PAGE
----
How to Keep Car Battery From Dying When Not in Use

Car Battery From Dying When Not in Use

A while ago, I had to travel to the west for something work-related. Before leaving, I made sure to run the car for a considerable time, yet I returned to a dead battery.

Like everybody, I looked it up on what to do next, and I wasn’t shocked to see how many people go through the same problem.

So here is some legit research on avoiding a dead battery when you haven’t used it in a while.  

Before getting into the cure, let’s talk about the real problem.

Here is a quick fact: batteries in winter last longer when unused than in summer. So the life expectancy in cold weather may go up to 51months whereas in summers it’s about 30months.

However, the chances of getting a dead battery in winter might be higher due to reduced usage. If you want to keep car batteries from dying when not in use in winter, keep on reading as you’ll find some helpful tips to tackle this problem.

Having an O.E.M battery can also lead to a similar problem as these have an avg life span of about 3-5 years and might go dead if you don’t use it for an extended period.

A battery that isn’t used for about two weeks should only have drainage of a 1% per week charge if it’s in good condition.

A dead battery within a short span of not using it indicates a problem with the battery. 

What’s the solution?

If your car has a higher voltage battery than a 12v one, it’ll last longer, but if you have an A.C. charger, leaving it plugged in would save your battery from dying over that period.

If it’s an I.C.E. vehicle, a 12v battery should work fine; however, sometimes, you might have to empty the gas tank and keep the engine running for a while or at least until the fuel dies out. This method is proper when you want to leave your car unoperated for a more extended period.

Remember, if your battery is between the state of 40-80%, leaving it unused won’t kill it.


EVC cars are far easier to handle in such a case. Even if you leave one unused for several; months indefinitely, you won’t be needing a tender charger or anything to revive it.

A high voltage pack will provide a sufficient top-up charge similar to what a trickle charger would do.

Even though an E.V. requires no additional efforts to keep the battery alive while you are away, you can still team it with a tender for your satisfaction. It works fine otherwise, too.

How to Keep the Car Batteries Charged When Not in Use?

For simple cars, you can use the push method. First, push the car a foot back or forth. It’ll get it going in no time.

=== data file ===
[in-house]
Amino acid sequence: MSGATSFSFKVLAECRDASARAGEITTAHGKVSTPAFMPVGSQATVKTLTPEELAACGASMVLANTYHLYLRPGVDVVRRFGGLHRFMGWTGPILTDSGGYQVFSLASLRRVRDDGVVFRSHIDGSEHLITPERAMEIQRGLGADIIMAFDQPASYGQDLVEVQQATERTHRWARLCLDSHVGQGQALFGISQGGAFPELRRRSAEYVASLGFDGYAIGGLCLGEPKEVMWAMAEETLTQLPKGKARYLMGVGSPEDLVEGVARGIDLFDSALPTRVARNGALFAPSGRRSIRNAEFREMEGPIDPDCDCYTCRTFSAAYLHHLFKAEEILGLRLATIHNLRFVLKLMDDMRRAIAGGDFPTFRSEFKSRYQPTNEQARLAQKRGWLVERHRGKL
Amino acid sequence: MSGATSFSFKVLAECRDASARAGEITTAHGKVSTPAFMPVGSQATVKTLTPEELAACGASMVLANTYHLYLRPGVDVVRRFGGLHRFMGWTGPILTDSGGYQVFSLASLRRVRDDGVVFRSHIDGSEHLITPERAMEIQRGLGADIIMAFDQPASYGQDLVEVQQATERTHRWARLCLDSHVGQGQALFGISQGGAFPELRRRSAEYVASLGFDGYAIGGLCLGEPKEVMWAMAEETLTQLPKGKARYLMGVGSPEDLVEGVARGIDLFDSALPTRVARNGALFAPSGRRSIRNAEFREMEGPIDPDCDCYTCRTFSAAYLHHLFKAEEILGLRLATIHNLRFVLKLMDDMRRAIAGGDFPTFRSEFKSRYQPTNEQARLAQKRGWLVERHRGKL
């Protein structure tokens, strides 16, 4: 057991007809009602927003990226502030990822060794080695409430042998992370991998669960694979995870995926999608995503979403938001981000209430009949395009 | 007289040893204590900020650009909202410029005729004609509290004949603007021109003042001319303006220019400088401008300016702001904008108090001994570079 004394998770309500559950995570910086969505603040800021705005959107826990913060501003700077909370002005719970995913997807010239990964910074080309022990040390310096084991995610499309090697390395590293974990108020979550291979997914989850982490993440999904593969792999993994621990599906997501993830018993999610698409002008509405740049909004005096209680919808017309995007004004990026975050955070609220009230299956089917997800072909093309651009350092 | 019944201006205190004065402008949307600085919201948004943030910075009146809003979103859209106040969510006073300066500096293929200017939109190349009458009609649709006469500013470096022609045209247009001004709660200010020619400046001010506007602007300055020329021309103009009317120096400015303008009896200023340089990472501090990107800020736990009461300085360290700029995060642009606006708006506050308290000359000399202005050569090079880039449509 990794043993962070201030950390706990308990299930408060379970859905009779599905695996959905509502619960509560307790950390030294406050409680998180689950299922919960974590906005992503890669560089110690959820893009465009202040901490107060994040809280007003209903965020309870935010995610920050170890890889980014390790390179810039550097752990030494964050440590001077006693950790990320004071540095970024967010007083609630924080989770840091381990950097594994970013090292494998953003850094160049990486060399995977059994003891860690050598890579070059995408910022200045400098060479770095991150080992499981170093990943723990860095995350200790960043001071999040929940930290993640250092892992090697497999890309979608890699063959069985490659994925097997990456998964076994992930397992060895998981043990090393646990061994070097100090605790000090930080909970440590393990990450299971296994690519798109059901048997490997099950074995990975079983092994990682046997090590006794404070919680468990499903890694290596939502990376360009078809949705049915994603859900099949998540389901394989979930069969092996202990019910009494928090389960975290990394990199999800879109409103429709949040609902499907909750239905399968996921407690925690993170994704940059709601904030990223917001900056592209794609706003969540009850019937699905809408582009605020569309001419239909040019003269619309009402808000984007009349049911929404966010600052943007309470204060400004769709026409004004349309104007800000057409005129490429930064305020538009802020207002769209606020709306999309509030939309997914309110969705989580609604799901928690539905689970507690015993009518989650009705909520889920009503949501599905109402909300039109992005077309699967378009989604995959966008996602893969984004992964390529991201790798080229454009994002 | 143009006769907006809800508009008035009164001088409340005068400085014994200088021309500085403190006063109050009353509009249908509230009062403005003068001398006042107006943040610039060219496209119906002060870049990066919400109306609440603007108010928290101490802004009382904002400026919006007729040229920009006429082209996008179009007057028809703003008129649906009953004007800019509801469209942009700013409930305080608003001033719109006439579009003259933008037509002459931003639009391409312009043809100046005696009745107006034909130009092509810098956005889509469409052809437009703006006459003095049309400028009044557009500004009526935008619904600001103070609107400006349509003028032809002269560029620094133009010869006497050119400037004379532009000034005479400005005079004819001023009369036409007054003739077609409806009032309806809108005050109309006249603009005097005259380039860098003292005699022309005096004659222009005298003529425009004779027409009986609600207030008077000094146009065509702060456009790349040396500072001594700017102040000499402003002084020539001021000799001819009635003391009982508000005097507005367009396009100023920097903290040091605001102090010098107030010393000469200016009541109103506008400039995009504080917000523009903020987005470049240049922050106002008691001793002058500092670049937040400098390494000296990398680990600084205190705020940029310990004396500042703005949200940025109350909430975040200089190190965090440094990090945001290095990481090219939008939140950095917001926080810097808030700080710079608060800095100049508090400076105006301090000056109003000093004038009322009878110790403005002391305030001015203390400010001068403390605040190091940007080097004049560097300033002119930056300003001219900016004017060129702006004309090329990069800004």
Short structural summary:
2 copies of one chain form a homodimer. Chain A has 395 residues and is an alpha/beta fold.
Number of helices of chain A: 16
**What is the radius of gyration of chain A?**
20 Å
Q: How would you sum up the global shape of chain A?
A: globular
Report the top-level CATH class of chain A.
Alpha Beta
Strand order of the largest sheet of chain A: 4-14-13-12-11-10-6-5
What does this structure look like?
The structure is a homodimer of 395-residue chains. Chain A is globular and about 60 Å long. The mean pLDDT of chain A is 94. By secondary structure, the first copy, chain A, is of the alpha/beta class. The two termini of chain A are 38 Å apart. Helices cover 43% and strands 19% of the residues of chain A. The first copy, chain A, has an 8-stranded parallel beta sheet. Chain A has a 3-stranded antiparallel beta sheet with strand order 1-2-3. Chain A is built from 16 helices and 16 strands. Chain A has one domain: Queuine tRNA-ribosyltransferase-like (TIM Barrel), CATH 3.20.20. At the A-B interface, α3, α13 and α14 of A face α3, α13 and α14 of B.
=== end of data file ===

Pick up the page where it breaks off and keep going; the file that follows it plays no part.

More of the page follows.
FOR EVS CARS and other Cars

An external charger is what most experts, including Jensen Bay in Viking (Marketing Director, Sjur), recommend.

The leading cause is the drainage of electricity through various electric components in an E.V. car, leading to a drained starter that is usually the leading cause of the dead battery.

Charging the battery four times a year will improve life and keep the battery alive even when you are away.

Nonetheless, if you prevent the charge from draining via electric parts of the car like the heater, it would prevent the car battery from dying when not in use.

Best way to keep the car battery charged when not in use?

The most effective way to keep a car battery from dying when not used is a battery charger. It can’t get any simpler than that.

Here is one that I have used in the past, and it kept my car batteries perfectly fine even when I was away for three weeks.

CTEK – 40-206 MXS 5.0 

It is a complete automatic 4.3amp charger along with a 12V maintainer. In addition, it provides shockproofing and polarity protection, which is perfect if you are a rookie.

The best feature is the ease of use. It does an 8-step process to charge as well as conditions your battery, including de-sulfating.

See the Latest Price of CTEK – Fully Automatic Battery Charger and Maintainer

A light indicates each step on the charger. For example, the first step is desulfation, which ensures the battery is dead to pick charge; the first light on the charger indicated that.

It then does a test to check the amount of charge left in the battery. Finally, the third step is bulk charging, where the battery is provided with enough charge to get going again. 

It continues to go on until all eight steps of reconditioning are completed.

All you need to do is plug the charger in the battery and wait a couple of hours. Then, if the light goes from red to yellow, it means it’s working.

Once it reaches the green light, your work is done. Plug out the charger, and your battery will be good as new. 

This charger works great on batteries that have been dead for 4-5month which makes it handy for reviving old batteries that lie somewhere in your garage.

So now you’ll be able to keep the car battery charged when not driving for a long time.